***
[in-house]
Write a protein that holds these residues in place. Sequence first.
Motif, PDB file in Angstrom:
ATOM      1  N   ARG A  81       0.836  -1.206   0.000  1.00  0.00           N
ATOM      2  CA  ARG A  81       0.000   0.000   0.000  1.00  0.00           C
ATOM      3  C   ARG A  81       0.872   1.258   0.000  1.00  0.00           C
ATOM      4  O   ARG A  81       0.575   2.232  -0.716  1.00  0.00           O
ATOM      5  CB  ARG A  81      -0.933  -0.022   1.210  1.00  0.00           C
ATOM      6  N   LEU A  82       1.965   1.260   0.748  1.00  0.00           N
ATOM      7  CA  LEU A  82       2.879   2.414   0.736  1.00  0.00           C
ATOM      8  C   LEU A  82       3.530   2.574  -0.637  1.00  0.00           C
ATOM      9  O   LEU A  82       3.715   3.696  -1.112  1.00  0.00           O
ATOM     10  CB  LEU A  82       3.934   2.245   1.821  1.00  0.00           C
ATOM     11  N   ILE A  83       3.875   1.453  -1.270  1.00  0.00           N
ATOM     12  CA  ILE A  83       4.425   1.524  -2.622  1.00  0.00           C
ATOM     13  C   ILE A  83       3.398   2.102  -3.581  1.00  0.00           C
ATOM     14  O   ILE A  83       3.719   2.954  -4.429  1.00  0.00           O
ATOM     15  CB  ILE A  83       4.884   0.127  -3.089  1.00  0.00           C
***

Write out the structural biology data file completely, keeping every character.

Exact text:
[in-house]
Write a protein that holds these residues in place. Sequence first.
Motif, PDB file in Angstrom:
ATOM      1  N   ARG A  81       0.836  -1.206   0.000  1.00  0.00           N
ATOM      2  CA  ARG A  81       0.000   0.000   0.000  1.00  0.00           C
ATOM      3  C   ARG A  81       0.872   1.258   0.000  1.00  0.00           C
ATOM      4  O   ARG A  81       0.575   2.232  -0.716  1.00  0.00           O
ATOM      5  CB  ARG A  81      -0.933  -0.022   1.210  1.00  0.00           C
ATOM      6  N   LEU A  82       1.965   1.260   0.748  1.00  0.00           N
ATOM      7  CA  LEU A  82       2.879   2.414   0.736  1.00  0.00           C
ATOM      8  C   LEU A  82       3.530   2.574  -0.637  1.00  0.00           C
ATOM      9  O   LEU A  82       3.715   3.696  -1.112  1.00  0.00           O
ATOM     10  CB  LEU A  82       3.934   2.245   1.821  1.00  0.00           C
ATOM     11  N   ILE A  83       3.875   1.453  -1.270  1.00  0.00           N
ATOM     12  CA  ILE A  83       4.425   1.524  -2.622  1.00  0.00           C
ATOM     13  C   ILE A  83       3.398   2.102  -3.581  1.00  0.00           C
ATOM     14  O   ILE A  83       3.719   2.954  -4.429  1.00  0.00           O
ATOM     15  CB  ILE A  83       4.884   0.127  -3.089  1.00  0.00           C